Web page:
Astronauts Give a 'Hand' to Robotic Arm on Spacewalk Outside Station

spacewalk canadarm2 lee replacement
NASA astronauts Randy Bresnik (foreground, with red stripes) and Mark Vande Hei work to install a replacement latching end effector, or hand, on the Canadarm2 robotic arm outside of the International Space Station during a spacewalk on Oct. 5, 2017 (Image credit: NASA TV via

Two U.S. astronauts gave a Canadian robotic arm a hand Thursday (Oct. 5), replacing one of the manipulator's two grappling ends on a six-hour spacewalk.

Expedition 53 crewmates Randy Bresnik and Mark Vande Hei, both of NASA, worked outside the International Space Station to swap out a malfunctioning latching end effector (LEE) from the Canadarm2 robotic arm. The LEE — one of two on the 58-foot-long (17.6 meters) space station remote manipulator system (SSRMS) — is used to attach the arm to the orbiting laboratory and to grab hold of equipment or spacecraft in proximity to the outpost.

Paolo Nespoli, of the European Space Agency, worked in the station to position the end of the robotic arm between Bresnik and Vande Hei, who then set about removing two thermal blankets and releasing the fasteners holding the 3-foot-long (1 m) faulty LEE, or "hand," freeing it from the assembly. [Gallery: The Most Memorable Spacewalks in History]

Bresnik and Vande Hei then retrieved a spare LEE from a mount, where it was used to store equipment as needed. Three hours and 30 minutes into the extravehicular activity (EVA), Bresnik and Vande Hei completed the installation of the spare LEE on the arm.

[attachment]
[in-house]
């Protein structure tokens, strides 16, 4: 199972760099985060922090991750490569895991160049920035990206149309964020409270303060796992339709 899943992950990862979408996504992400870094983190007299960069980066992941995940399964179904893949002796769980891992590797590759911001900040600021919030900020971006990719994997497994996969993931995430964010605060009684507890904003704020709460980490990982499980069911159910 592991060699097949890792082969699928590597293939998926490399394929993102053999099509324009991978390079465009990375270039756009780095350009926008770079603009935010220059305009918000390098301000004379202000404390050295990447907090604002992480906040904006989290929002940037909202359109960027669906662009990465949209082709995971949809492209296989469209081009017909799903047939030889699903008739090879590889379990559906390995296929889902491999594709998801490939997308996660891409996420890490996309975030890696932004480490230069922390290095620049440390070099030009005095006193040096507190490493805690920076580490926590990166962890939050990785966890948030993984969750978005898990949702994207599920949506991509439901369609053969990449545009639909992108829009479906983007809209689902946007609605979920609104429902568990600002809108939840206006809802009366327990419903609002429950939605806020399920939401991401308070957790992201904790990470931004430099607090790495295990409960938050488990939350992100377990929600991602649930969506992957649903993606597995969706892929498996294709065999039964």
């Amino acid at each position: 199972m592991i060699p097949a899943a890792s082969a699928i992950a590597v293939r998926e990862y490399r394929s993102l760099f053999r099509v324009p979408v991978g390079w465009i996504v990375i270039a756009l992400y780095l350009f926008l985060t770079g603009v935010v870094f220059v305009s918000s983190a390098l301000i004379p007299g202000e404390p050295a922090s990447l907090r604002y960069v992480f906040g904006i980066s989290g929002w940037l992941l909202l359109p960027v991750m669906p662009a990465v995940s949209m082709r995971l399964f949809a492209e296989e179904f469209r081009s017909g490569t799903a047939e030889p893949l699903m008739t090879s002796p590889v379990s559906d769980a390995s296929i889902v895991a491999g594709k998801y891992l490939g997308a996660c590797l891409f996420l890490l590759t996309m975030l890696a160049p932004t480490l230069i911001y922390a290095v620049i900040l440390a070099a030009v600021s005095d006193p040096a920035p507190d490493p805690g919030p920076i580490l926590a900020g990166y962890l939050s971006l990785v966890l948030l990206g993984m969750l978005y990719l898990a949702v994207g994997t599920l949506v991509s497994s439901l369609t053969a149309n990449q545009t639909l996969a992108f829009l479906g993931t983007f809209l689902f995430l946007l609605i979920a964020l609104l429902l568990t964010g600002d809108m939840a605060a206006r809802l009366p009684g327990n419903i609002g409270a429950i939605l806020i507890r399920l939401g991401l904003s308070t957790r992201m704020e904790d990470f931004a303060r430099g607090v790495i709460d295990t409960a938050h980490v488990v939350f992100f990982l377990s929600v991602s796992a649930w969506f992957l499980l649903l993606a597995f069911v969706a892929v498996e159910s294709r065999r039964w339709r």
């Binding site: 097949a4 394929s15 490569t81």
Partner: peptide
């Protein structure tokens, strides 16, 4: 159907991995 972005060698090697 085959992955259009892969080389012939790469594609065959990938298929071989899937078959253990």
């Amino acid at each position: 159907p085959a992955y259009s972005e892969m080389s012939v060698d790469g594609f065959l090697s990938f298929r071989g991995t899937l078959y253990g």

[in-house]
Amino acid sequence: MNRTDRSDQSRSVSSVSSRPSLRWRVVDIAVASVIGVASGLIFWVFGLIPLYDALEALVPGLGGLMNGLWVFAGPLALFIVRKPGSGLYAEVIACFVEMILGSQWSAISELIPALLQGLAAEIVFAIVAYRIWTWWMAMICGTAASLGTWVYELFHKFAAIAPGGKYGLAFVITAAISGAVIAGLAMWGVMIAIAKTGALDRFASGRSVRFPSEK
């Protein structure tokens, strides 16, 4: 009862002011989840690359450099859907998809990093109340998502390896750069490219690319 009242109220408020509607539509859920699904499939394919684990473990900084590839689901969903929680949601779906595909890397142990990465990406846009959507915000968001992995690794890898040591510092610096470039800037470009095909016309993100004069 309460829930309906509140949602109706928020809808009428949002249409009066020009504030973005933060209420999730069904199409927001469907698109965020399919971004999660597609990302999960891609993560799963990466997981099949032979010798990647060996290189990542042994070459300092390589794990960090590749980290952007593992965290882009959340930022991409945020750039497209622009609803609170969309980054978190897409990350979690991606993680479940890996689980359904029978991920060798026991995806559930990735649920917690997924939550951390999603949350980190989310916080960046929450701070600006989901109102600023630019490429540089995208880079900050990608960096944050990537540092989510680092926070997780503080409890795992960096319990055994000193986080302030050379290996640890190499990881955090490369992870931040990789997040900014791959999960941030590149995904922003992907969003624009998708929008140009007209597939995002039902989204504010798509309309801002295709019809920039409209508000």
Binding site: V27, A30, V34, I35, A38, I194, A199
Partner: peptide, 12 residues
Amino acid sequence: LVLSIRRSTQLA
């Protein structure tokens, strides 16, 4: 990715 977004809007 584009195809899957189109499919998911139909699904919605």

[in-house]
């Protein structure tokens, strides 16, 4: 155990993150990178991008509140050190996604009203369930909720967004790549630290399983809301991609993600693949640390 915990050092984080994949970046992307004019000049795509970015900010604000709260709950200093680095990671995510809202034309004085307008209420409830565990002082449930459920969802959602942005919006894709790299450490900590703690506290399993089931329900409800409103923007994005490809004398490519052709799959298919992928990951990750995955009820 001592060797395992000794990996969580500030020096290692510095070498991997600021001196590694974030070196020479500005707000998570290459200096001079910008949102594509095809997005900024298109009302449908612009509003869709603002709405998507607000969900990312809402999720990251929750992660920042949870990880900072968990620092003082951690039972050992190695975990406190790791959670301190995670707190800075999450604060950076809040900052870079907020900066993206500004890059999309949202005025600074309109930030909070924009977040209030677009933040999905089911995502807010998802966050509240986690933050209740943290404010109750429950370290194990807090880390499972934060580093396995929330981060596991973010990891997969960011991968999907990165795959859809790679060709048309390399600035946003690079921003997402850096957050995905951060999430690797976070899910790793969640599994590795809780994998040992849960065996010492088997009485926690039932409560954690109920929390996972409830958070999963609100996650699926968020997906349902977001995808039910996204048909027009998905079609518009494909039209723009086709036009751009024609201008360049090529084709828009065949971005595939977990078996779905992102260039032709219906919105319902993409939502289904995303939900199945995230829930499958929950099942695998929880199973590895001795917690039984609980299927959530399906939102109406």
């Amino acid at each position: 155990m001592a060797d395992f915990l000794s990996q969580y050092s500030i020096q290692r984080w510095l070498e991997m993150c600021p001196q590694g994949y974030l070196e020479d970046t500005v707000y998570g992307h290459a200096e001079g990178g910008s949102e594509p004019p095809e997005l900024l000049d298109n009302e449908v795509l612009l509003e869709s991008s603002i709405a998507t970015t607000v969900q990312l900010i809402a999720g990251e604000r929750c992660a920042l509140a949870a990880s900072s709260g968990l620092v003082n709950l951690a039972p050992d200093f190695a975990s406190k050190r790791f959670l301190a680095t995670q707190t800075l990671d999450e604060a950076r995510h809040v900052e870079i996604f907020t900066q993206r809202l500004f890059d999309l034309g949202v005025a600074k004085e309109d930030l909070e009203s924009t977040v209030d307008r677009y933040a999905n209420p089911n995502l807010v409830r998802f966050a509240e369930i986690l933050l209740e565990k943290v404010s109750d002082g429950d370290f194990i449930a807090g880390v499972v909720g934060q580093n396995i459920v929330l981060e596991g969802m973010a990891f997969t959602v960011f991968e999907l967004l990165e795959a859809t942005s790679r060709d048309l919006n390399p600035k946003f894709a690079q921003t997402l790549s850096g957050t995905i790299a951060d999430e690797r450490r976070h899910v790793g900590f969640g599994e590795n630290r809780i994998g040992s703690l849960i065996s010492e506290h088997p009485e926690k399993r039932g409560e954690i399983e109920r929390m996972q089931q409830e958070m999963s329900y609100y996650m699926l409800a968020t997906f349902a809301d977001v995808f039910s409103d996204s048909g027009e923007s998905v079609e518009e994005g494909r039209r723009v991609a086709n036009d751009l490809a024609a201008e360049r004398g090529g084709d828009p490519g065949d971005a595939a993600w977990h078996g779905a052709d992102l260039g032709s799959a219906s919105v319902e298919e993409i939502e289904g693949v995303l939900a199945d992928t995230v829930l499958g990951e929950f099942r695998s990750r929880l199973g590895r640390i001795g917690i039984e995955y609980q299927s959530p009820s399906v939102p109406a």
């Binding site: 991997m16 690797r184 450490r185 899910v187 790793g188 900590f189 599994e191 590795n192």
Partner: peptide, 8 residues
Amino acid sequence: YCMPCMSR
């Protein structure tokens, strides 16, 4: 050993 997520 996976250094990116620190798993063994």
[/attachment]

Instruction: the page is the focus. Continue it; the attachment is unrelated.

"All right, gentleman, we show a good arm," Mission Control radioed the spacewalkers once the spare was in place.

"That's great news, Houston!" exclaimed Bresnik. "There is much rejoicing."

The remainder of the spacewalk was spent attaching the degraded LEE to the POA, or payload/orbital replacement unit accommodations, on the space station's railcar, where the spare had been attached. Bresnik and Vande Hei also had time to achieve some "get ahead" tasks, including the removal of some thermal insulation blankets and preparing a spare hose for the space station's cooling system should it be needed for a future repair.

The faulty LEE will be moved inside the station early next year so it can be stowed in a SpaceX Dragon cargo capsule for its return to Earth. Once on the ground, it will be repaired and serviced, and then launched back to the station to serve as a spare.